IMPORTANT THINGS TO KEEP IN MIND:

1) THE NAMES OF THE DRUGS — there are different names for very similar (or the same) drugs
2) DOSAGE OF THE DRUGS – the amount is based on BODY WEIGHT. So 2 people here can be on the same drugs but in different dosages. My 1st pulmonologist had me on too high a dosage and my 2nd pulmonologist lowered the amount of one drug – – and it alleviated the nausea. Ask your doctor to verify that you are taking the correct dosage for your weight, if you have a concern.
3) SEVERITY OF MAC/MAI — this differs among us. My MAC was quite severe when diagnosed and required me taking the 3 drugs everyday. After several years and feeling better, the drugs were reduced to 3 days a week.
4) WHEN TO TAKE THE MEDS — per my pulmonologists at a teaching hospital (and I’ve written this earlier), I can take the drugs whenever I want, but consistency is the key. It doesn’t matter what time of day or night I take the drugs, or whether before or after food. They said to find what works for me, and to faithfully take them in this pattern.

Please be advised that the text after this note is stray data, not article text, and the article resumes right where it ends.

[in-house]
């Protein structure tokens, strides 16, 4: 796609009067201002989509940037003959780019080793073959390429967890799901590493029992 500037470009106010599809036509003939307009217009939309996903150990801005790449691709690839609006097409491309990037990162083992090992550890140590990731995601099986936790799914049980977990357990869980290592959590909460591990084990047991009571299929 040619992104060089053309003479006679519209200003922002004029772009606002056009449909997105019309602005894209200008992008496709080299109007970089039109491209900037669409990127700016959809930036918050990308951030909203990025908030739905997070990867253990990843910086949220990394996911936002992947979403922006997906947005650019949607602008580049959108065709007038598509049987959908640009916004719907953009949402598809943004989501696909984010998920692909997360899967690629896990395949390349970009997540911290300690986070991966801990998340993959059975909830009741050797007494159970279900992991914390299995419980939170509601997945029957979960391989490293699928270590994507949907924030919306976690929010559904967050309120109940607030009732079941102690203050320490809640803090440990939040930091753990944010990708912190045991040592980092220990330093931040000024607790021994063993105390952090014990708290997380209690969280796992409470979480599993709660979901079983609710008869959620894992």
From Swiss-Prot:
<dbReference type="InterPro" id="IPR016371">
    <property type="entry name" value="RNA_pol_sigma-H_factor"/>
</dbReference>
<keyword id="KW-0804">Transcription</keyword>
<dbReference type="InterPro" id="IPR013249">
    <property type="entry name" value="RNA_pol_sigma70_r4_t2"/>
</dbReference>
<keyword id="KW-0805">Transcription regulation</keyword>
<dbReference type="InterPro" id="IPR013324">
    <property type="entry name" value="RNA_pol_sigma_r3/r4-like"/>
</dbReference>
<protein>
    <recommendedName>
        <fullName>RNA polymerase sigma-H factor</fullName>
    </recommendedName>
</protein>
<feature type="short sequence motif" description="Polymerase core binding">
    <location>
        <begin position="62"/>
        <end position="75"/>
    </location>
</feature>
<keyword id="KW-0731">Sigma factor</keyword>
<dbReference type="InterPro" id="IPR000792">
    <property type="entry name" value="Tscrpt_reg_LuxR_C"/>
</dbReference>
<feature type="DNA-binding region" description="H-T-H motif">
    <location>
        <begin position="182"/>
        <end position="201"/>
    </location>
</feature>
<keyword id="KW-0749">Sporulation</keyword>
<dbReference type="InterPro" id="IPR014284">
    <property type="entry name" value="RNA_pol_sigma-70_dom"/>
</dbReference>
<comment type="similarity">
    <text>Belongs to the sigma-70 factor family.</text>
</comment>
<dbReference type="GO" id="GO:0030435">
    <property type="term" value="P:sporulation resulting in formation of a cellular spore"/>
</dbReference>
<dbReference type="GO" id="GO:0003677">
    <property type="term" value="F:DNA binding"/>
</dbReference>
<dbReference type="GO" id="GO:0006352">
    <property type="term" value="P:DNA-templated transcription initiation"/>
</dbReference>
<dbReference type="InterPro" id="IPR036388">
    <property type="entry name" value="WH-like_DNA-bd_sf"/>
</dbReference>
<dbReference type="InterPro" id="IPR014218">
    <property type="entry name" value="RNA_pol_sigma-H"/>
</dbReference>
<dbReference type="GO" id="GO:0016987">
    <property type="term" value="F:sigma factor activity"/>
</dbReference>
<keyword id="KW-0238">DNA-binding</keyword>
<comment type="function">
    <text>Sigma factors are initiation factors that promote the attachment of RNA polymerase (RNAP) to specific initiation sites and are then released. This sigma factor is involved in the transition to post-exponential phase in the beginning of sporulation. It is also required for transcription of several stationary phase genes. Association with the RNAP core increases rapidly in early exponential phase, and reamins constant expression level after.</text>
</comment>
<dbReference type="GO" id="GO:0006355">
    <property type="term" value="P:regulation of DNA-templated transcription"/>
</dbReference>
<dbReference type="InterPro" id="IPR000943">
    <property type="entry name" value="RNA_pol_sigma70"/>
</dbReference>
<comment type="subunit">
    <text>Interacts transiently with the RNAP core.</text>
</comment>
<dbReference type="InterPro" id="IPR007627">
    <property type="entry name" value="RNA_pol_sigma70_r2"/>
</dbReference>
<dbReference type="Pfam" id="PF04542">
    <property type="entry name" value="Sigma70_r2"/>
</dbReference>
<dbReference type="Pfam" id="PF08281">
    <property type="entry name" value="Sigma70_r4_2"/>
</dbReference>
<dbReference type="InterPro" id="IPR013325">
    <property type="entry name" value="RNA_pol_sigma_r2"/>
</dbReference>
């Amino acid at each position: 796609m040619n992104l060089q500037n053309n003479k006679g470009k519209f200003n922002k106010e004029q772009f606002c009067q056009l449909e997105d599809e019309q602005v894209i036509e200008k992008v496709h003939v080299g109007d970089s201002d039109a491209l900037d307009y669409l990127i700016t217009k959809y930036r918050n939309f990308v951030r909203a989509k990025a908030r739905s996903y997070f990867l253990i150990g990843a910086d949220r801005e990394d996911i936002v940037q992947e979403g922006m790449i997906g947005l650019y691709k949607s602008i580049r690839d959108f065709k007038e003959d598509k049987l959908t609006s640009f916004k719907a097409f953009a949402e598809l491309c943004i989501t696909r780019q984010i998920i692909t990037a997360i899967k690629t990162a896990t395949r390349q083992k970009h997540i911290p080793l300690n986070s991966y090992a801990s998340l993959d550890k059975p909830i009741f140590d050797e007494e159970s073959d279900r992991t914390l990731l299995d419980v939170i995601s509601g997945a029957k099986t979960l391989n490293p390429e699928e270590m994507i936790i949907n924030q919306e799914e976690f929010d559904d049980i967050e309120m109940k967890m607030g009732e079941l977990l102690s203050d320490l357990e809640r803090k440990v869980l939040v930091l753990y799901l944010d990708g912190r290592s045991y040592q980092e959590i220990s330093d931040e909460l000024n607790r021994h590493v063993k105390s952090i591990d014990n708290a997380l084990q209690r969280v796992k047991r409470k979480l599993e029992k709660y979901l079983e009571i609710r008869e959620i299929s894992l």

5) SOURCE OF THE DRUGS — unfortunately, I’ve found when switching health insurance plans or pharmacies, that the same drugs can come from differing manufacturing centers. And the nausea can start all over again! So you can get a batch of the drugs that may cause nausea for you, depending on where they were manufactured.
5) TESTS — I’ve had 2 lung biopsies and 1 lung lavage (filling the lungs with fluid and suctioning out the fluid, cells & bacteria). My pulmonologist is very thorough and knowledgeable about MAC/MAI.

I am alive and feeling very good!! Some keys to treating your MAC/MAI:
1) take the meds faithfully (if you’ve been prescribed them)
2) get plenty of rest
3) EXERCISE to strengthen your lungs. I do Pilates and gentle Yoga 4-5 times a week. Try to briskly walk for 20 minutes a day.